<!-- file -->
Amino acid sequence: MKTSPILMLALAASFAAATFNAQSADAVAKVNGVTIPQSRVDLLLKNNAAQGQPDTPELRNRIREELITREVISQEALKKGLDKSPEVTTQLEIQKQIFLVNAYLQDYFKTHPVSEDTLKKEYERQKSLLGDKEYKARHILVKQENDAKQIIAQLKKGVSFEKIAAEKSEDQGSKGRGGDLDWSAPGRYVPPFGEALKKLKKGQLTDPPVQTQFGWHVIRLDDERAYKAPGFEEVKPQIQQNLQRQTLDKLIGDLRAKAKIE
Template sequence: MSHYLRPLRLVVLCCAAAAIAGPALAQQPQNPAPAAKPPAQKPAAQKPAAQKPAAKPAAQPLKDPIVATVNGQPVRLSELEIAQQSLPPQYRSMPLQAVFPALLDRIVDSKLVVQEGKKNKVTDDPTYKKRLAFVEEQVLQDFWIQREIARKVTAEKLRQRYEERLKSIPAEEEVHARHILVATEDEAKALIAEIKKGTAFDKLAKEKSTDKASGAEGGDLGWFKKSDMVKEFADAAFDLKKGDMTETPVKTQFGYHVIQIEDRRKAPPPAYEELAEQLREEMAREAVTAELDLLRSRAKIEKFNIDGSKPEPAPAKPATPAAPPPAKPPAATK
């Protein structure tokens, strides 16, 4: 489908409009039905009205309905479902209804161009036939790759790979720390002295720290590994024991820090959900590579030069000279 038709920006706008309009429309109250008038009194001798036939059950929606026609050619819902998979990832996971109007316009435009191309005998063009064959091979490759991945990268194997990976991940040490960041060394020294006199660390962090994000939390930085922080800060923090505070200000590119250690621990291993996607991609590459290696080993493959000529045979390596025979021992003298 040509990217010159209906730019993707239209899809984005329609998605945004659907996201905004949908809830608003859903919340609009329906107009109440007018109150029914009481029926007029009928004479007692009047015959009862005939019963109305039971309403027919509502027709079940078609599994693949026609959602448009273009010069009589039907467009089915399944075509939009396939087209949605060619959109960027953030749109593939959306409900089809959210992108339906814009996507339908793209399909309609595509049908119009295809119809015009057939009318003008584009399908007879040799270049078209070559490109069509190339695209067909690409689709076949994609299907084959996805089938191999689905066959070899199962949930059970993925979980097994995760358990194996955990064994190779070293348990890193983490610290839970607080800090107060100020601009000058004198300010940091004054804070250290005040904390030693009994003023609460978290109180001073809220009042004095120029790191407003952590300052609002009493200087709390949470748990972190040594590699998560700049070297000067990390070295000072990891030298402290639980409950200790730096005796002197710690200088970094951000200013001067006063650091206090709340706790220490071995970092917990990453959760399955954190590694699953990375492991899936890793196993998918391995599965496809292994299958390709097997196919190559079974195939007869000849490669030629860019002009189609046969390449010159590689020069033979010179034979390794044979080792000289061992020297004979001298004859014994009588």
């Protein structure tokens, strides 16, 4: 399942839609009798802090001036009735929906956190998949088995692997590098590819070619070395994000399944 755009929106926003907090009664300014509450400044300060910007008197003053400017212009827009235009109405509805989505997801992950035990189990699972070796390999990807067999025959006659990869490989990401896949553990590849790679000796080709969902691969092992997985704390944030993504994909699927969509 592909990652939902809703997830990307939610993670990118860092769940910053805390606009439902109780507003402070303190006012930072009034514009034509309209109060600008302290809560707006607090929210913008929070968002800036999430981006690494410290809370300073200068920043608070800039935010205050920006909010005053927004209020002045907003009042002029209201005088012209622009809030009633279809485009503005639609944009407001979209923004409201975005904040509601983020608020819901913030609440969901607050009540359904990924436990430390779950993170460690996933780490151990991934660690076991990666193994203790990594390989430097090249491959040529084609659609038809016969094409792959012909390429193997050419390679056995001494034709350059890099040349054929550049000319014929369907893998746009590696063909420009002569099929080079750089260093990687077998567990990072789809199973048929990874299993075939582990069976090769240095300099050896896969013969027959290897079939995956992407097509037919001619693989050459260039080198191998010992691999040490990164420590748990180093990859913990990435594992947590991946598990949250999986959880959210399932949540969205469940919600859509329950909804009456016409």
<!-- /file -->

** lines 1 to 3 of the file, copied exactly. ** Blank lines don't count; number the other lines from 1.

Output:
Amino acid sequence: MKTSPILMLALAASFAAATFNAQSADAVAKVNGVTIPQSRVDLLLKNNAAQGQPDTPELRNRIREELITREVISQEALKKGLDKSPEVTTQLEIQKQIFLVNAYLQDYFKTHPVSEDTLKKEYERQKSLLGDKEYKARHILVKQENDAKQIIAQLKKGVSFEKIAAEKSEDQGSKGRGGDLDWSAPGRYVPPFGEALKKLKKGQLTDPPVQTQFGWHVIRLDDERAYKAPGFEEVKPQIQQNLQRQTLDKLIGDLRAKAKIE
Template sequence: MSHYLRPLRLVVLCCAAAAIAGPALAQQPQNPAPAAKPPAQKPAAQKPAAQKPAAKPAAQPLKDPIVATVNGQPVRLSELEIAQQSLPPQYRSMPLQAVFPALLDRIVDSKLVVQEGKKNKVTDDPTYKKRLAFVEEQVLQDFWIQREIARKVTAEKLRQRYEERLKSIPAEEEVHARHILVATEDEAKALIAEIKKGTAFDKLAKEKSTDKASGAEGGDLGWFKKSDMVKEFADAAFDLKKGDMTETPVKTQFGYHVIQIEDRRKAPPPAYEELAEQLREEMAREAVTAELDLLRSRAKIEKFNIDGSKPEPAPAKPATPAAPPPAKPPAATK
């Protein structure tokens, strides 16, 4: 489908409009039905009205309905479902209804161009036939790759790979720390002295720290590994024991820090959900590579030069000279 038709920006706008309009429309109250008038009194001798036939059950929606026609050619819902998979990832996971109007316009435009191309005998063009064959091979490759991945990268194997990976991940040490960041060394020294006199660390962090994000939390930085922080800060923090505070200000590119250690621990291993996607991609590459290696080993493959000529045979390596025979021992003298 040509990217010159209906730019993707239209899809984005329609998605945004659907996201905004949908809830608003859903919340609009329906107009109440007018109150029914009481029926007029009928004479007692009047015959009862005939019963109305039971309403027919509502027709079940078609599994693949026609959602448009273009010069009589039907467009089915399944075509939009396939087209949605060619959109960027953030749109593939959306409900089809959210992108339906814009996507339908793209399909309609595509049908119009295809119809015009057939009318003008584009399908007879040799270049078209070559490109069509190339695209067909690409689709076949994609299907084959996805089938191999689905066959070899199962949930059970993925979980097994995760358990194996955990064994190779070293348990890193983490610290839970607080800090107060100020601009000058004198300010940091004054804070250290005040904390030693009994003023609460978290109180001073809220009042004095120029790191407003952590300052609002009493200087709390949470748990972190040594590699998560700049070297000067990390070295000072990891030298402290639980409950200790730096005796002197710690200088970094951000200013001067006063650091206090709340706790220490071995970092917990990453959760399955954190590694699953990375492991899936890793196993998918391995599965496809292994299958390709097997196919190559079974195939007869000849490669030629860019002009189609046969390449010159590689020069033979010179034979390794044979080792000289061992020297004979001298004859014994009588």